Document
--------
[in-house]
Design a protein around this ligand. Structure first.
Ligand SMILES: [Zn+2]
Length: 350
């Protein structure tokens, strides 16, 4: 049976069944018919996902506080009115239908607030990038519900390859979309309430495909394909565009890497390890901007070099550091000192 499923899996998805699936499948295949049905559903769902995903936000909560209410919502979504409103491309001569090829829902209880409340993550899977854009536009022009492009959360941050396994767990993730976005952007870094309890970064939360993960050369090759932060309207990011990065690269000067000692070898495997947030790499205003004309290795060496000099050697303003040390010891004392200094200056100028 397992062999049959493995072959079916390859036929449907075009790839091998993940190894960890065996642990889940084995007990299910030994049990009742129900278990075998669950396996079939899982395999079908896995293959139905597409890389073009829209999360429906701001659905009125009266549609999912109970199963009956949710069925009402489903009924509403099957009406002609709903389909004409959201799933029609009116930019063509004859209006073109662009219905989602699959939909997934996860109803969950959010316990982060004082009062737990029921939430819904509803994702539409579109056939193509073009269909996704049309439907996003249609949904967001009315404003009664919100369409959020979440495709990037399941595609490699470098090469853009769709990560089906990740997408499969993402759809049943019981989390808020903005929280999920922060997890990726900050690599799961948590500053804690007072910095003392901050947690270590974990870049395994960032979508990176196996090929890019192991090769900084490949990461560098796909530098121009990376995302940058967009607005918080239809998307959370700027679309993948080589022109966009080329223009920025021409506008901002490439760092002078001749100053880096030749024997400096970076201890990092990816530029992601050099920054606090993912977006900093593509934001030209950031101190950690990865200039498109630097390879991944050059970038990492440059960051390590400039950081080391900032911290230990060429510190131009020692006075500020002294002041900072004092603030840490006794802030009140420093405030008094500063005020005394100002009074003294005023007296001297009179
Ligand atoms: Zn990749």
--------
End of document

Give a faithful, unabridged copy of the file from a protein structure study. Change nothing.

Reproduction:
[in-house]
Design a protein around this ligand. Structure first.
Ligand SMILES: [Zn+2]
Length: 350
């Protein structure tokens, strides 16, 4: 049976069944018919996902506080009115239908607030990038519900390859979309309430495909394909565009890497390890901007070099550091000192 499923899996998805699936499948295949049905559903769902995903936000909560209410919502979504409103491309001569090829829902209880409340993550899977854009536009022009492009959360941050396994767990993730976005952007870094309890970064939360993960050369090759932060309207990011990065690269000067000692070898495997947030790499205003004309290795060496000099050697303003040390010891004392200094200056100028 397992062999049959493995072959079916390859036929449907075009790839091998993940190894960890065996642990889940084995007990299910030994049990009742129900278990075998669950396996079939899982395999079908896995293959139905597409890389073009829209999360429906701001659905009125009266549609999912109970199963009956949710069925009402489903009924509403099957009406002609709903389909004409959201799933029609009116930019063509004859209006073109662009219905989602699959939909997934996860109803969950959010316990982060004082009062737990029921939430819904509803994702539409579109056939193509073009269909996704049309439907996003249609949904967001009315404003009664919100369409959020979440495709990037399941595609490699470098090469853009769709990560089906990740997408499969993402759809049943019981989390808020903005929280999920922060997890990726900050690599799961948590500053804690007072910095003392901050947690270590974990870049395994960032979508990176196996090929890019192991090769900084490949990461560098796909530098121009990376995302940058967009607005918080239809998307959370700027679309993948080589022109966009080329223009920025021409506008901002490439760092002078001749100053880096030749024997400096970076201890990092990816530029992601050099920054606090993912977006900093593509934001030209950031101190950690990865200039498109630097390879991944050059970038990492440059960051390590400039950081080391900032911290230990060429510190131009020692006075500020002294002041900072004092603030840490006794802030009140420093405030008094500063005020005394100002009074003294005023007296001297009179
Ligand atoms: Zn990749």